Sometimes people hang up even before RJs reveal themselves. “That’s when I call back and tell them this was a prank,” he says. Given the frequency of the prank shows, many people are familiar with the RJs’ voices, and prank calls often fall flat. Some people recognise Prithvi’s voice and call his bluff. “That’s when I look up for another bakra,” he says. Some things the RJs will never do while pulling a prank. “I never play a prank on someone who has been to a hospital and back. I sometimes get requests from guys who want to prank their girlfriends. I completely refuse to do that,” adds Danish. Though there are no hard and fast rules, Prithvi says he knows where to draw the line. “My intention is not to hurt people but to make them laugh at the end of the prank,” he says.

 

Hundreds of requests

 

The number of prank requests is overwhelming. Rohit receives close to 100 requests every day via email, Facebook and SMS. Prithvi and Danish sometimes find it difficult to choose from the pile of requests. They pick the ones that sound interesting to them personally. Over the years the content and the format of the prank calls have also changed. RJs agree the calls have become funnier, nastier and outrageous too at times.

 

Pranks have no boundaries. They have gone from subtle to outrageous,” Prithvi says. Shiny Alexander, a fashion designer, was recently pranked by Danish and says she found the experience “pretty funny.” “I had no clue it was a prank. Danish called me when I was in Goa and said I had to be in Bangalore for a fashion show. I refused, saying I couldn’t be there at such short notice. He then asked what I was doing in Goa, only eating fish and crab, which I found funny. He tried his best to irritate me,” she says. Later on, she found out that the prank was requested by her friend.

 

No pranks on AIR

 

While private FM channels encourage this format, FM stations like AIR FM Rainbow strictly refrain from going anywhere near them. N Raghu, Programme Executive of Amrutha Varshini, All India Radio’s classical music channel, says his station’s RJs are told to steer clear of such concepts. “Our motto is the well-being of listeners. We feel pranks affect them adversely,” he says.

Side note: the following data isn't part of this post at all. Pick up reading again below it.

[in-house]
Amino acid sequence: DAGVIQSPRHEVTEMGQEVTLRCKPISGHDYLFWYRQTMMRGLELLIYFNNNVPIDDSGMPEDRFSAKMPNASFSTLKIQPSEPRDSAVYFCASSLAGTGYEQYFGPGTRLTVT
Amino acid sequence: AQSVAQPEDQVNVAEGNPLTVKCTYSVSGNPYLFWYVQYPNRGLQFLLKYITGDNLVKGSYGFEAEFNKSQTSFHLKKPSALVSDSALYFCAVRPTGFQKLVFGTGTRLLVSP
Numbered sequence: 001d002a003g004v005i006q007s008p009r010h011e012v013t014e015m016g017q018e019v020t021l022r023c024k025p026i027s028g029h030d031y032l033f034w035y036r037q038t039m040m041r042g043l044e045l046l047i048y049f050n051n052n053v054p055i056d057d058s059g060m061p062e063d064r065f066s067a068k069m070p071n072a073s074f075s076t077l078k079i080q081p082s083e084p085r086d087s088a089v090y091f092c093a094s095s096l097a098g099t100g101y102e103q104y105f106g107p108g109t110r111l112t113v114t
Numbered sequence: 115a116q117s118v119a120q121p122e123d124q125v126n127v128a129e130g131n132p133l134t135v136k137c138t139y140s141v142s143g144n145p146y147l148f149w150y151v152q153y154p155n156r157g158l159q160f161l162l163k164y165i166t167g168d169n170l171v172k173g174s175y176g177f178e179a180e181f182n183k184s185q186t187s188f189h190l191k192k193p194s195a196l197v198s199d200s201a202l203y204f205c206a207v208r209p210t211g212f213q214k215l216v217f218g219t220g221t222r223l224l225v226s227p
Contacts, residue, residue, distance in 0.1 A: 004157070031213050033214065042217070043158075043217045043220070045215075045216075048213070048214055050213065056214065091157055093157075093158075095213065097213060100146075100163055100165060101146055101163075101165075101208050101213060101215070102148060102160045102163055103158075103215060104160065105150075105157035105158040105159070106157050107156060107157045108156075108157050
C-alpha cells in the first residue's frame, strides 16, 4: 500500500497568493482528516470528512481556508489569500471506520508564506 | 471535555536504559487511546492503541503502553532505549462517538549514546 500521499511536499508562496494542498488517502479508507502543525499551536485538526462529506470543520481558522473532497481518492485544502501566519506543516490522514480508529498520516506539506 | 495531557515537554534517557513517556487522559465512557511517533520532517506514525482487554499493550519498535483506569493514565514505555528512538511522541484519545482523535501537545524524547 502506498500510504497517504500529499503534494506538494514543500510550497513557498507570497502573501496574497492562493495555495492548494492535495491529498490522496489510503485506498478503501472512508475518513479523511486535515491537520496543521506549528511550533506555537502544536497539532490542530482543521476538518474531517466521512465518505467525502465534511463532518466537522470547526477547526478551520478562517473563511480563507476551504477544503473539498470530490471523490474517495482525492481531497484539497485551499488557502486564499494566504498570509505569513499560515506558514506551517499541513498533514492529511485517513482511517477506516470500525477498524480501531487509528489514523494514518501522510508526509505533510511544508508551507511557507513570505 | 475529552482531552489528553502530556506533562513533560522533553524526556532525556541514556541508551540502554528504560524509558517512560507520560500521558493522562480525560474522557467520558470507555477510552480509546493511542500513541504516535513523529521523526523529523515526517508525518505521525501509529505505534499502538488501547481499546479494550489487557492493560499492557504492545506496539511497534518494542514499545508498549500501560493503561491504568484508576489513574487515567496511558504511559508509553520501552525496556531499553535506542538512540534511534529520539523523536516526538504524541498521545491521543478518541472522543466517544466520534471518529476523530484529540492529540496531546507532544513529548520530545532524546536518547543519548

He personally believes prank shows are market-driven, even unethical. “You can’t take advantage of your not being seen,” he says. “They are aired because people who control this market want such shows, and not the audience.” The prank shows have their critics. “It is not funny because I feel RJs publicly humiliate people. You never know what is going on in the victim’s mind. It’s okay if they create a funny situation, but calling them names is not acceptable,” says Dominic Legori, an IT professional who listens to the radio regularly.

 

Danish made his first prank call when he was in Bahrain. “I had picked up the Arab accent. My first prank was where I tried to imitate some Arabs,” he recalls. After that he moved to Dubai, where he worked in another radio station and got to co-host a show with Krithika Rawat, whom he regards as “the mother of all pranksters.” He says he can do the Malayali, American, and Kannada accents well. For Prithvi, the next prank is always on his mind. “Much depends on the victim’s reaction. It has to be spontaneous,” he says.


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Read 368 times Last modified on Friday, 28 June 2013 06:57